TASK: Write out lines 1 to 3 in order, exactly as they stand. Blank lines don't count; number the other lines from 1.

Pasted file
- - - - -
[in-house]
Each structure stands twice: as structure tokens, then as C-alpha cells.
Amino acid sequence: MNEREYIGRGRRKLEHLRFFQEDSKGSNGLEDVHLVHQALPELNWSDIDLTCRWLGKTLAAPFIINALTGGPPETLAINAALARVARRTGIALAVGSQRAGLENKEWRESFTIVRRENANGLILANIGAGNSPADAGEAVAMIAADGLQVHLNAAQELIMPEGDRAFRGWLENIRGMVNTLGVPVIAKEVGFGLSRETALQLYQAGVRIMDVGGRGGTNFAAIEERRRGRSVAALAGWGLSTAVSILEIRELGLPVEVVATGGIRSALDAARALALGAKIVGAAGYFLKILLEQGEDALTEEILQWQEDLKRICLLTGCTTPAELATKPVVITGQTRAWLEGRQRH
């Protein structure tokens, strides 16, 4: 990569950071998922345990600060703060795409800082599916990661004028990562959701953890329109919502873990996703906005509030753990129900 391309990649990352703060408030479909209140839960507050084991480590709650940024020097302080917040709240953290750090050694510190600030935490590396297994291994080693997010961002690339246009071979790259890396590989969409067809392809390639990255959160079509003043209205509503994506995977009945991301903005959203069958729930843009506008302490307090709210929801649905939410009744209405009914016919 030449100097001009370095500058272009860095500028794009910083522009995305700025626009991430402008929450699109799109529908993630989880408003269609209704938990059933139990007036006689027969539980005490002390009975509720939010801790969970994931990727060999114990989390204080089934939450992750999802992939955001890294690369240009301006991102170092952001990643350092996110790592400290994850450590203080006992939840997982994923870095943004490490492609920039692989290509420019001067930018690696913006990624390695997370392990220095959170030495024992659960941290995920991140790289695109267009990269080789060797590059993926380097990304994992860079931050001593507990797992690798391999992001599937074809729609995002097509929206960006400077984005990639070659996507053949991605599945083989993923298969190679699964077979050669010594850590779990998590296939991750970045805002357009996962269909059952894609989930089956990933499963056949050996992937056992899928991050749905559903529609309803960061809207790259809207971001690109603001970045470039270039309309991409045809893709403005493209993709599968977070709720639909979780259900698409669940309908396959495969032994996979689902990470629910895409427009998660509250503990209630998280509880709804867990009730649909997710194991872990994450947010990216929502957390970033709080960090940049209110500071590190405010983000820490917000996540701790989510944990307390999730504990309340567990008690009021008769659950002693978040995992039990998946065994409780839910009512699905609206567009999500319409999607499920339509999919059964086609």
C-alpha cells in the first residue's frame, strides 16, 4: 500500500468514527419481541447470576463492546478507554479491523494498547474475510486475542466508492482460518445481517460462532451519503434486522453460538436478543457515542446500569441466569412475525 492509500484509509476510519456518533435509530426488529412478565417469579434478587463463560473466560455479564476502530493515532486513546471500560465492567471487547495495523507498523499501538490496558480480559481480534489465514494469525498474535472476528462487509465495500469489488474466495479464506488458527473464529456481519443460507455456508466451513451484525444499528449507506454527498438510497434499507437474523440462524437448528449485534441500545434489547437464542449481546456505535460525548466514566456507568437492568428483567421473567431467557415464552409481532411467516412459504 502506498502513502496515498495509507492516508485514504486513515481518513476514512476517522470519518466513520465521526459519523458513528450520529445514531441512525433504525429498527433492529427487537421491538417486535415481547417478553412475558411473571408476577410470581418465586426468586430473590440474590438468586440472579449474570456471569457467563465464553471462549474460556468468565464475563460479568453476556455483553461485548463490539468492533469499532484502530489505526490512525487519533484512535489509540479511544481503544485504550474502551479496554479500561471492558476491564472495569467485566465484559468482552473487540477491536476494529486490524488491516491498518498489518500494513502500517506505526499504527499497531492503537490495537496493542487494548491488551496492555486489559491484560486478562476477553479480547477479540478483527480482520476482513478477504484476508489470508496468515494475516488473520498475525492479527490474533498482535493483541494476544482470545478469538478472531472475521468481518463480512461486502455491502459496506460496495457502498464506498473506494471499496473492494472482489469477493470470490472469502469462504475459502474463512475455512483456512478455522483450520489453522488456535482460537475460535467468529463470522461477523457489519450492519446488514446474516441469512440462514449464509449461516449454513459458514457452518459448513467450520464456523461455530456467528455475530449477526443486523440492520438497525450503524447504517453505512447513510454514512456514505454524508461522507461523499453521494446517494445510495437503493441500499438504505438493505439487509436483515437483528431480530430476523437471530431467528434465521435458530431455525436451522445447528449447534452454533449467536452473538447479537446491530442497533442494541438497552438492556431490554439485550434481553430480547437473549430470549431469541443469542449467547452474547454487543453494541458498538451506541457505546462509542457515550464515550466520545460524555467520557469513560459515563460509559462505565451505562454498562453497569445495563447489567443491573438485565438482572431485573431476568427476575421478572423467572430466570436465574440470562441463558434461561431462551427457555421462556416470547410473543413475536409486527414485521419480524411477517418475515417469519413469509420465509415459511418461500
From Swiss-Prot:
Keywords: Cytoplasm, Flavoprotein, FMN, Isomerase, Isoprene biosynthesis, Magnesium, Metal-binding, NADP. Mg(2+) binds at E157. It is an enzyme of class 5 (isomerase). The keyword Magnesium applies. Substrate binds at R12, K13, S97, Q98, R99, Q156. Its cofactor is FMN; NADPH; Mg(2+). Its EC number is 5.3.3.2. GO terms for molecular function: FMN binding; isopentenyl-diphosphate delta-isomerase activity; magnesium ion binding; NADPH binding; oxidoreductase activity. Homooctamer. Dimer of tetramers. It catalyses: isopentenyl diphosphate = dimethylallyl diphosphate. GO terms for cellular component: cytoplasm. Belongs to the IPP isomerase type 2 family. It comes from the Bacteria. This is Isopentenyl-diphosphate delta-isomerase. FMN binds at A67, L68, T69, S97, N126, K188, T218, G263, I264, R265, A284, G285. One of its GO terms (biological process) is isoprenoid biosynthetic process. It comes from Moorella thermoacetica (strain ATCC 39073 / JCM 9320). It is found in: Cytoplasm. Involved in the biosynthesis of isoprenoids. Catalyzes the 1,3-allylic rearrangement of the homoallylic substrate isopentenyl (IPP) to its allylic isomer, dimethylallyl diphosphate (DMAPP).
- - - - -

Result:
[in-house]
Each structure stands twice: as structure tokens, then as C-alpha cells.
Amino acid sequence: MNEREYIGRGRRKLEHLRFFQEDSKGSNGLEDVHLVHQALPELNWSDIDLTCRWLGKTLAAPFIINALTGGPPETLAINAALARVARRTGIALAVGSQRAGLENKEWRESFTIVRRENANGLILANIGAGNSPADAGEAVAMIAADGLQVHLNAAQELIMPEGDRAFRGWLENIRGMVNTLGVPVIAKEVGFGLSRETALQLYQAGVRIMDVGGRGGTNFAAIEERRRGRSVAALAGWGLSTAVSILEIRELGLPVEVVATGGIRSALDAARALALGAKIVGAAGYFLKILLEQGEDALTEEILQWQEDLKRICLLTGCTTPAELATKPVVITGQTRAWLEGRQRH